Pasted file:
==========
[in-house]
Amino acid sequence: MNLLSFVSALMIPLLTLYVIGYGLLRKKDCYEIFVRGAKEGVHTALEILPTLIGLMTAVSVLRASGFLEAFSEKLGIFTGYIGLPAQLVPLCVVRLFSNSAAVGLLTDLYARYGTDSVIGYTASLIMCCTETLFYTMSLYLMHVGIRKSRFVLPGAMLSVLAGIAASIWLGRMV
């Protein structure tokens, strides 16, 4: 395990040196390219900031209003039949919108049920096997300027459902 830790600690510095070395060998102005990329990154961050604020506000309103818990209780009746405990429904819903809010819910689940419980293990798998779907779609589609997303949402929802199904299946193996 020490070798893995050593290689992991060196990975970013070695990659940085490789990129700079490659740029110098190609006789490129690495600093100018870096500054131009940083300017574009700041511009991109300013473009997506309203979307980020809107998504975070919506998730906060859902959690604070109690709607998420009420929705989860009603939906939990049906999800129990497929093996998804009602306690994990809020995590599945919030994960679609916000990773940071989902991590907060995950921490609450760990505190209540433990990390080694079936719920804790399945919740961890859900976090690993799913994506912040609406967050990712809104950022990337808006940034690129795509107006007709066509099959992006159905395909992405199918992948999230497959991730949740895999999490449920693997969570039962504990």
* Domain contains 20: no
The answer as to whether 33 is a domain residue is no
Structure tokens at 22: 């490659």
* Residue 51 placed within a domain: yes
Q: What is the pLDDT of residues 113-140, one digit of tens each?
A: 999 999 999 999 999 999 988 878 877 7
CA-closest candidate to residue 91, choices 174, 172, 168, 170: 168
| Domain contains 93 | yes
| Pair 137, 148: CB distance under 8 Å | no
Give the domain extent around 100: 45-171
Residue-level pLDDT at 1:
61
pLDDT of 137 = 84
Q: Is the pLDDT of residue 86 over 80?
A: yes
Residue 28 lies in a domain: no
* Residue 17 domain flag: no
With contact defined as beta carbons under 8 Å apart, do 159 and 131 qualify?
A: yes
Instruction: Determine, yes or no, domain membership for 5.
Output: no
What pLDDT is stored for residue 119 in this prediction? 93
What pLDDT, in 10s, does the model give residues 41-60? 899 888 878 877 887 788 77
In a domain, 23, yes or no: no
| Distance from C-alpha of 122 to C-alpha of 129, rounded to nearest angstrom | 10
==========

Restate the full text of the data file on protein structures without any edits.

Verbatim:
[in-house]
Amino acid sequence: MNLLSFVSALMIPLLTLYVIGYGLLRKKDCYEIFVRGAKEGVHTALEILPTLIGLMTAVSVLRASGFLEAFSEKLGIFTGYIGLPAQLVPLCVVRLFSNSAAVGLLTDLYARYGTDSVIGYTASLIMCCTETLFYTMSLYLMHVGIRKSRFVLPGAMLSVLAGIAASIWLGRMV
């Protein structure tokens, strides 16, 4: 395990040196390219900031209003039949919108049920096997300027459902 830790600690510095070395060998102005990329990154961050604020506000309103818990209780009746405990429904819903809010819910689940419980293990798998779907779609589609997303949402929802199904299946193996 020490070798893995050593290689992991060196990975970013070695990659940085490789990129700079490659740029110098190609006789490129690495600093100018870096500054131009940083300017574009700041511009991109300013473009997506309203979307980020809107998504975070919506998730906060859902959690604070109690709607998420009420929705989860009603939906939990049906999800129990497929093996998804009602306690994990809020995590599945919030994960679609916000990773940071989902991590907060995950921490609450760990505190209540433990990390080694079936719920804790399945919740961890859900976090690993799913994506912040609406967050990712809104950022990337808006940034690129795509107006007709066509099959992006159905395909992405199918992948999230497959991730949740895999999490449920693997969570039962504990």
* Domain contains 20: no
The answer as to whether 33 is a domain residue is no
Structure tokens at 22: 């490659």
* Residue 51 placed within a domain: yes
Q: What is the pLDDT of residues 113-140, one digit of tens each?
A: 999 999 999 999 999 999 988 878 877 7
CA-closest candidate to residue 91, choices 174, 172, 168, 170: 168
| Domain contains 93 | yes
| Pair 137, 148: CB distance under 8 Å | no
Give the domain extent around 100: 45-171
Residue-level pLDDT at 1:
61
pLDDT of 137 = 84
Q: Is the pLDDT of residue 86 over 80?
A: yes
Residue 28 lies in a domain: no
* Residue 17 domain flag: no
With contact defined as beta carbons under 8 Å apart, do 159 and 131 qualify?
A: yes
Instruction: Determine, yes or no, domain membership for 5.
Output: no
What pLDDT is stored for residue 119 in this prediction? 93
What pLDDT, in 10s, does the model give residues 41-60? 899 888 878 877 887 788 77
In a domain, 23, yes or no: no
| Distance from C-alpha of 122 to C-alpha of 129, rounded to nearest angstrom | 10